verb (used without object)
verb (used with object)
- an offensive play in which the ball-carrier runs toward the line of scrimmage at an angle.
- Also called slant-in.a pass pattern in which a receiver cuts diagonally across the middle of the field.
- slang dictionary,
- slanging match,
- slant board,
- slant culture,
- slant front,
- slant height,
- slant rhyme
Origin of slant
Examples from the Web for slanting
The silverback pushes past the teen, rolling him down a slanting hill.Can Gorillas Save the Democratic Republic of the Congo?|Nina Strochlic|April 28, 2014|DAILY BEAST
“The news is slanting in different directions,” Tom complains as he and Vickie hunker down in a bar.No Fireworks on Al Jazeera America’s Plodding Debut|Lloyd Grove|August 21, 2013|DAILY BEAST
At another, slanting morning light indicates an a.m. moment.
Whatever the trajectory may be we see that the shell must necessarily arrive in a slanting direction.The Romance of War Inventions|Thomas W. Corbin
The presence of rivers is at once made evident by slanting the page and looking along its surface, across the lines.Writing & Illuminating, & Lettering|Edward Johnston
Beyond the orchards and great trees the majestic Delaware rolled in purple splendor, dotted with slanting sails.True to His Home|Hezekiah Butterworth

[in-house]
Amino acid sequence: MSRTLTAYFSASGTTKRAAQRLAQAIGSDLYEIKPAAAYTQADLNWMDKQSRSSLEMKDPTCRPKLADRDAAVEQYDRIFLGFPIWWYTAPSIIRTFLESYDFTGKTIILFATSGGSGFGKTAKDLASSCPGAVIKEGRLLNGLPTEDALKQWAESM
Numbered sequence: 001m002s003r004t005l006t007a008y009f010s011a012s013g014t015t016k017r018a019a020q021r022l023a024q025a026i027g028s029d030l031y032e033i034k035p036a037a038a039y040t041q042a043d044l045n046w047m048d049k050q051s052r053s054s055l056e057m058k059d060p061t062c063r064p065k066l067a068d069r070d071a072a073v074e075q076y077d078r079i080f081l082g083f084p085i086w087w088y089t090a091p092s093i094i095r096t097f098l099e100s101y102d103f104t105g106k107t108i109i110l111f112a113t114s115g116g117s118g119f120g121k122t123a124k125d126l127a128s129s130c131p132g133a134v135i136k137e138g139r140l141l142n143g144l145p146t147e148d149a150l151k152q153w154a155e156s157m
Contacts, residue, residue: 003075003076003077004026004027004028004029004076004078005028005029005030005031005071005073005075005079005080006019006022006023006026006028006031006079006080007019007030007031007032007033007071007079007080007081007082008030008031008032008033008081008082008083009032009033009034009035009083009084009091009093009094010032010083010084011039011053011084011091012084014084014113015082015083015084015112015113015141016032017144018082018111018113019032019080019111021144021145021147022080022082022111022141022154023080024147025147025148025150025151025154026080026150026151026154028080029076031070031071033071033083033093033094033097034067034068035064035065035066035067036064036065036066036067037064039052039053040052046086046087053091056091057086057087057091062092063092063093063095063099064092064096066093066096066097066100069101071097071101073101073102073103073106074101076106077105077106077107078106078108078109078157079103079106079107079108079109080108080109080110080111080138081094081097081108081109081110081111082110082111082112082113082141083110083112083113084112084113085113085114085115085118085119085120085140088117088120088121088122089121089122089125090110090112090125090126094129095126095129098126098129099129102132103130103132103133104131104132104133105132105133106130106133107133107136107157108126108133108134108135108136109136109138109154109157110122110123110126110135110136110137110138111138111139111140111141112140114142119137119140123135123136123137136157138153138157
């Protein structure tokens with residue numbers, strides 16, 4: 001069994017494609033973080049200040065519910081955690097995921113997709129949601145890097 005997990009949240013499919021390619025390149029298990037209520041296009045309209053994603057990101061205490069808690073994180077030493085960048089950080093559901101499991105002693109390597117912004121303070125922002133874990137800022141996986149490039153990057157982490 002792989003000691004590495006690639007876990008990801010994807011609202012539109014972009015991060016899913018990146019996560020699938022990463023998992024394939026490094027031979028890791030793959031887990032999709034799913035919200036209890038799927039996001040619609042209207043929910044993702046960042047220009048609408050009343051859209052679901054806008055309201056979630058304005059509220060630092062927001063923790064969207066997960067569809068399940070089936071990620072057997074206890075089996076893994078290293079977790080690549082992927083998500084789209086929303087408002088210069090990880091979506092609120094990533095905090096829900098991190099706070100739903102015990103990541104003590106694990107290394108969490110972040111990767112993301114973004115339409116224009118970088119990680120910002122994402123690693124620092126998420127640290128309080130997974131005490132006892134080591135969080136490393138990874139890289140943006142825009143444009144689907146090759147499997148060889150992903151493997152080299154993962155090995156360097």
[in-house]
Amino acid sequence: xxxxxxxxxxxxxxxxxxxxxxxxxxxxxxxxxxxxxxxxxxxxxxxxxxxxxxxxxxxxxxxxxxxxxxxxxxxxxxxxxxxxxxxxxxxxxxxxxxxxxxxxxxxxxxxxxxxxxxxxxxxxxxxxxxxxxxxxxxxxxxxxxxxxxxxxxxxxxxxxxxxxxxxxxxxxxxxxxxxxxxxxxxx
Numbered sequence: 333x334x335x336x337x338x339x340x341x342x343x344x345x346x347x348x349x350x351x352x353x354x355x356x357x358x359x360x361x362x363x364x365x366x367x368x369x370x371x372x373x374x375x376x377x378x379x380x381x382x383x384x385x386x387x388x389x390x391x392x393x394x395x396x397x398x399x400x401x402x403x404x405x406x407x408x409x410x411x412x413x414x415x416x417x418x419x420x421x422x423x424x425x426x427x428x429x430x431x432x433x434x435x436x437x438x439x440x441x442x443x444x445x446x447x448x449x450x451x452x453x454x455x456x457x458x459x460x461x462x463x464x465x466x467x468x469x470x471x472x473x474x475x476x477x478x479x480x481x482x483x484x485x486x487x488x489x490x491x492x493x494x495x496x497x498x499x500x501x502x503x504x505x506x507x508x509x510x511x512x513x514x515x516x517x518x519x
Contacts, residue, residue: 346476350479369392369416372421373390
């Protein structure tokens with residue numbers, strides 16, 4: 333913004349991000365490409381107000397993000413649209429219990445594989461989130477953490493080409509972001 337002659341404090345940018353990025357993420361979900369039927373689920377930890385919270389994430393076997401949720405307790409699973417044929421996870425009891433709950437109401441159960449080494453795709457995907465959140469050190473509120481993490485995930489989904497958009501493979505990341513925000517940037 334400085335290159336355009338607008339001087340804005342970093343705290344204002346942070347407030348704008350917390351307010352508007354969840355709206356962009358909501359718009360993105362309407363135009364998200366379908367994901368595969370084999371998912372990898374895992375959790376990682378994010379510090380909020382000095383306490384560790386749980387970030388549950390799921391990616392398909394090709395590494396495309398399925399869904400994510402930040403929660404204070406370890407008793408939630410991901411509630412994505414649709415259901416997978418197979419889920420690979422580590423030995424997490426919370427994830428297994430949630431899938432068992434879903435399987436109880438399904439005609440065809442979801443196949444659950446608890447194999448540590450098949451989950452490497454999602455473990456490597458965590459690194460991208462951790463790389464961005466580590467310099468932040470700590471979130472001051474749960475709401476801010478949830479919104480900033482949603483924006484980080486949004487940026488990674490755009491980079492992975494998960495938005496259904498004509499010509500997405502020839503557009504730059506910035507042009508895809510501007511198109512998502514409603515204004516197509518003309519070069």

Beyond, one traced the outlines of pinnacle and flying buttress, slanting roof and beautiful windows.The Argosy|Various
She had lost her puritan primness, and behaved more in accordance with her slanting eyes than with her bringing up.It Happened in Egypt|C. N. Williamson
Word Origin for slant
1520s, "to strike obliquely" (against something), alteration of slenten "slip sideways" (c.1300), perhaps via a Scandinavian source (cf. Swedish slinta "to slip," Norwegian slenta "to fall on one side"), from Proto-Germanic *slintanan. Intransitive sense of "to slope, to lie obliquely" is first recorded 1690s; transitive sense of "to give a sloping direction to" is from 1805. Related: Slanted; slanting. As an adverb from late 15c.; as an adjective from 1610s. Slant rhyme attested from 1944.
1650s, "an oblique direction or plane" (originally of landforms), from slant (v.). Meaning "a way of regarding something" is from 1905. Derogatory slang sense of "a slant-eyed Asian person" is recorded from 1943, from earlier slant-eyes (1929).